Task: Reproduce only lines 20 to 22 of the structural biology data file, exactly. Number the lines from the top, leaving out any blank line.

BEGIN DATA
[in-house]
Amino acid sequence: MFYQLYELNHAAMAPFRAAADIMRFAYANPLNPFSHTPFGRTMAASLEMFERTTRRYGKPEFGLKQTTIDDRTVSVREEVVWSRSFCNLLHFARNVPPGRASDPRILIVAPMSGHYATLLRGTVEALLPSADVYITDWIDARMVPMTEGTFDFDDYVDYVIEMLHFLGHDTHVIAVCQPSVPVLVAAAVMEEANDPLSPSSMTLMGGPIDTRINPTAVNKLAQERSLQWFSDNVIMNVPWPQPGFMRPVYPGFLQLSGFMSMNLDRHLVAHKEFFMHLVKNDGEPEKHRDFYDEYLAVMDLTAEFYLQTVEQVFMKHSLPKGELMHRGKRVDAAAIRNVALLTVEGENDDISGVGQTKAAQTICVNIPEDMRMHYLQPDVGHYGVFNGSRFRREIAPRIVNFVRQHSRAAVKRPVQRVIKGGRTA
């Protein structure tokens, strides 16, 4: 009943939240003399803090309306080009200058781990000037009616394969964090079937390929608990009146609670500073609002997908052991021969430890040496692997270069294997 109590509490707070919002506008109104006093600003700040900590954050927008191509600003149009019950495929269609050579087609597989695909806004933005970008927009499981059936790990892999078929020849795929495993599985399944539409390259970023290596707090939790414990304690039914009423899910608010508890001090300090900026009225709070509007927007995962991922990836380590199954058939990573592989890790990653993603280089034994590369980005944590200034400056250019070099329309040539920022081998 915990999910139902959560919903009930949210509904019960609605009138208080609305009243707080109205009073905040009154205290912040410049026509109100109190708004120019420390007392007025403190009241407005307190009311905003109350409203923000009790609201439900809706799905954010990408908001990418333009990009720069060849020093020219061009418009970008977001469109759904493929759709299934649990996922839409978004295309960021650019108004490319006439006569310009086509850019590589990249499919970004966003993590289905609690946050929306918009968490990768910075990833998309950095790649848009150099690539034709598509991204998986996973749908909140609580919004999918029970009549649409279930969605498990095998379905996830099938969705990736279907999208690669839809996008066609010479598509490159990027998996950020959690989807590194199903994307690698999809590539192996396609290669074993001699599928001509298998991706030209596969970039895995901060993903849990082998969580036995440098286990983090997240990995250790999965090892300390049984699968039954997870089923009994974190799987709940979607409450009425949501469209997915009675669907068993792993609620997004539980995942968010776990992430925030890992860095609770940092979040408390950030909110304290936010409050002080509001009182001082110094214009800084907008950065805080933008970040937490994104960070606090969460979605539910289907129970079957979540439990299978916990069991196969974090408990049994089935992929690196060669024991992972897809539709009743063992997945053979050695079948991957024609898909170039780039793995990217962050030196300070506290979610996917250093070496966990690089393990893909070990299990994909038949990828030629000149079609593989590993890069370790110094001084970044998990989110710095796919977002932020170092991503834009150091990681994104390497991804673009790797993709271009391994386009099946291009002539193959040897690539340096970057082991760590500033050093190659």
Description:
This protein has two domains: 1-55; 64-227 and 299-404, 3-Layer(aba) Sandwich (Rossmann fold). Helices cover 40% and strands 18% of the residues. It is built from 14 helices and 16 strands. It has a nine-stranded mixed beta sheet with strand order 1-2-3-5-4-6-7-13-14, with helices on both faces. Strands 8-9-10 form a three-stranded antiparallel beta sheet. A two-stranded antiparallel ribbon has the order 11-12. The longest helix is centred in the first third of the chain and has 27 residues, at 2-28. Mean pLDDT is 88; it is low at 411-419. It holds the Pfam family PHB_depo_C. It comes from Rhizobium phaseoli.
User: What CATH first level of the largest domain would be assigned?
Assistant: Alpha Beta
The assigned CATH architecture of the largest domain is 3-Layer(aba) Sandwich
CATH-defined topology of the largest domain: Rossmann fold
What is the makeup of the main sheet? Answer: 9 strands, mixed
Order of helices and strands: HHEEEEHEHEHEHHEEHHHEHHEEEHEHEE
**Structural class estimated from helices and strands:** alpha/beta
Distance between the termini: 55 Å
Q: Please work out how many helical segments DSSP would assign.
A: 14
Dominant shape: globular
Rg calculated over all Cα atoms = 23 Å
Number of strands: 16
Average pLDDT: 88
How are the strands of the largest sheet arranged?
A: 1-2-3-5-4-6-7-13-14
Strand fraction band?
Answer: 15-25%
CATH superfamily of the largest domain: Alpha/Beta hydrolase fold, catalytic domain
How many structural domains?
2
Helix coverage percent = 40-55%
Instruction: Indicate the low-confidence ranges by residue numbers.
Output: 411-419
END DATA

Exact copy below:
How are the strands of the largest sheet arranged?
A: 1-2-3-5-4-6-7-13-14
Strand fraction band?